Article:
Four Steps toward Making 2014 Your Best Year Ever

2014No doubt you’ve heard the old saying, “The road to hell is paved with good intentions.” I believe the road to failure is paved with unrealistic New Year’s resolutions.  Without a strategy, it is difficult to sustain the behavior it takes to achieve our goals. Have you ever promised yourself that this will be the year that you quit smoking, lose weight, start working out, stop wasting time on your electronic devices, or start flossing? If you have already quit making resolutions because you were not able to keep up your efforts long enough for to experience rewards, you are not alone. According to the results of a recent study, the number of us who do succeed with making New Year’s resolutions stick is a whopping 8%.

Webster’s dictionary defines a resolution as “a promise to yourself that you will make a serious effort to do something that you should do.” Maybe the problem lies with the “should”, not with the promise. When we tell ourselves “should”, and perceive the action to be not much fun, we set ourselves up for procrastination and guilt.

At the end of this year, if you find yourself either unemployed, nervously employed, or in the wrong job (low pay, bad management, stressful, unsatisfying), make a commitment that 2014 will be your year to make a change for the better. But rather than making a resolution a promise that is something you should do, consider a different approach by setting an intention. The Webster definition for this is the thing that you plan to do or achieve: an aim or purpose.” Let’s call your desire for the right job in 2014 your “goal intention.” It’s the starting place, but it’s not enough to achieve the change you long for.

Timothy A. Pychyl, Ph.D., writes a blog for Psychology Today called “Don’t Delay”, strategies for overcoming procrastination. He writes that what’ your goal intention needs is an “implementation intention.” “An implementation intention supports this goal intention by setting out in advance when/where and how” you will achieve this goal. Dr. Pychyl outlines four steps to make this work for you.

Getting Started: First you make a conscious decision ahead of time, a commitment to yourself, to implement a specific action step every time you do something that you frequently do out of habit. This is called the “if….then” strategy. For example, let’s take flossing. If you habitually brush your teeth, then every time you reach for your toothbrush, you decide ahead of time that you will also use floss. When it comes to job search, maybe you put off networking, either by reaching out to set up a face-to-face conversation with a key person in your field, or by using LinkedIn. If…then might look like this: every time you sit at your computer to read your emails, before you get lost in cyber space or check Facebook, your commitment  (on a sticky note) is there to FIRST make one contact that might have a high impact.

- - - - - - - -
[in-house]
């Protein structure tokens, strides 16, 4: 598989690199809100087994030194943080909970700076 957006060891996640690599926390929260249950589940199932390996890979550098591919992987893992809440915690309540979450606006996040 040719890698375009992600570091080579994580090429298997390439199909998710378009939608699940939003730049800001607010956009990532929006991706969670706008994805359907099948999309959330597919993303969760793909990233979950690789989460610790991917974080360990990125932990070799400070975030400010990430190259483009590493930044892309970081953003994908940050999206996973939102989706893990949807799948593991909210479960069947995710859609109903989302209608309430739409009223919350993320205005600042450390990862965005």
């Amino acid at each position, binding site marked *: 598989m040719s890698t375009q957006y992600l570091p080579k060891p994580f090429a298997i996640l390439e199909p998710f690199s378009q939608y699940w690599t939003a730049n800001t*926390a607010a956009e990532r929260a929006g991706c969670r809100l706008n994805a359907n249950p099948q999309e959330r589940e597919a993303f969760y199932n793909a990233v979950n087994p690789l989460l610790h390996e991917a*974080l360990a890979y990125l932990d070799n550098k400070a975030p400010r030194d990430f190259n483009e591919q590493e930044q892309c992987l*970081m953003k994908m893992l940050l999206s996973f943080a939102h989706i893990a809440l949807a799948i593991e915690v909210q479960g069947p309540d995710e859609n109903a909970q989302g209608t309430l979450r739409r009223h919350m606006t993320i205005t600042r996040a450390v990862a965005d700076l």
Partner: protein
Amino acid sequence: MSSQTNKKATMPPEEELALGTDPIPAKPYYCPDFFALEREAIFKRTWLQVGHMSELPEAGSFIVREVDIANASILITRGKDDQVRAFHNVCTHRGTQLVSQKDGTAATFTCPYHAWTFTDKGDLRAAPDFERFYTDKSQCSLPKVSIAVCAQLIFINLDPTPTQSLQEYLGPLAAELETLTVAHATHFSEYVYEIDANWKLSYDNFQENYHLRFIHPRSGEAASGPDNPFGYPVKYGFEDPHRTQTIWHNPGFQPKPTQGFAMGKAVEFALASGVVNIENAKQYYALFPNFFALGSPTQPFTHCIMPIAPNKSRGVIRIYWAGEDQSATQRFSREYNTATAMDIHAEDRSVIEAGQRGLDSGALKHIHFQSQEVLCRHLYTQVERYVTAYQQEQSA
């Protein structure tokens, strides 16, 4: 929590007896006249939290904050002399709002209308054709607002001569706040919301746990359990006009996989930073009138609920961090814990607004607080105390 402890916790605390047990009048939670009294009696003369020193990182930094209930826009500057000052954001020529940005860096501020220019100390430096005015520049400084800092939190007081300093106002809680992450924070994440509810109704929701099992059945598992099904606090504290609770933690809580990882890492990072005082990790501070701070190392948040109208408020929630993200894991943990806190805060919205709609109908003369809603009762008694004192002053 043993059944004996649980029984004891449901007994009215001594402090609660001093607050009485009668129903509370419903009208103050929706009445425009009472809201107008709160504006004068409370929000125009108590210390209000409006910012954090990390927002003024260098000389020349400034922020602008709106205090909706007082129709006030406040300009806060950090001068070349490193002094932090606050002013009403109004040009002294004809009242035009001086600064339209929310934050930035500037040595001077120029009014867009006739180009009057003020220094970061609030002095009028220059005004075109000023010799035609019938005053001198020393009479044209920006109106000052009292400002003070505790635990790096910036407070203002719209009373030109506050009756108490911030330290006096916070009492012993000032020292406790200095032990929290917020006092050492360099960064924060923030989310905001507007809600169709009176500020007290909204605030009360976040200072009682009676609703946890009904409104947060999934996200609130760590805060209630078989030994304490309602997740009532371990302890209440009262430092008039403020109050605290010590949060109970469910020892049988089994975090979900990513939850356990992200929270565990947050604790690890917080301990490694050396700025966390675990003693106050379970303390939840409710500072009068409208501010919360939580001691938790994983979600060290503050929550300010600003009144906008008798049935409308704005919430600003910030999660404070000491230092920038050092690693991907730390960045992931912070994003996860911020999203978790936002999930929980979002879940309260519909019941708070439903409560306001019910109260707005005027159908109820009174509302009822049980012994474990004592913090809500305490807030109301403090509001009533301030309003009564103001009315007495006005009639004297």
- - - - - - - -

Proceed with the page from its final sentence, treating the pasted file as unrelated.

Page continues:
Staying on Track: Studies suggest that people who have made implementation intentions have an easier time resisting temptations and distractions. Is something calling  you that might distract you from working on a step toward your goal? Try timing yourself, with the notion that if you just get started and stay on track for 10 minutes, then you can reward yourself with the distraction. Often less than 10 minutes is long enough to engage your interest and keep you working longer.

Review and Disengage from Ineffective Strategies: Talk with a wise friend or career professional.  Review the strategies you’ve tried so far in order to change your work life. Rate the effectiveness of each kind of effort. If your job search consists mainly of applying for jobs on-line while you  stay at home in your bunny slippers, time for Plan B. Dr. Pychyl notes that receiving disappointing (or no) feedback leads to uncertainty, which feeds procrastination. Forming a very clear implementation intention to plan ahead for what else you might try can keep you from getting bogged down.

Plan for Preventing Will-Power Burnout: There is not much about job search that is inherently rewarding for most people. It takes discipline to keep at it in spite of risking either indifference or rejection by potential employers. I believe it is essential for job seekers/ career changers to develop an intentional self-care plan to manage stress; renew physical, mental, and emotional energy; and recharge commitment. The “if…then” approach has many uses for keeping up your will-power. If you notice you are feeling hungry, angry, lonely or tired (borrowed from AA wisdom), then you will stop and take care of yourself. If you have an exciting job lead, then you will go on to develop more new leads. Give yourself an intention goal of always having more than one iron in the fire so that you are not setting yourself up for disappointment.

Experiment with these four steps and may 2014 be your year to thrive!

Anne Bryant, MA

Anne closed her practice 5/31/17 and retired.

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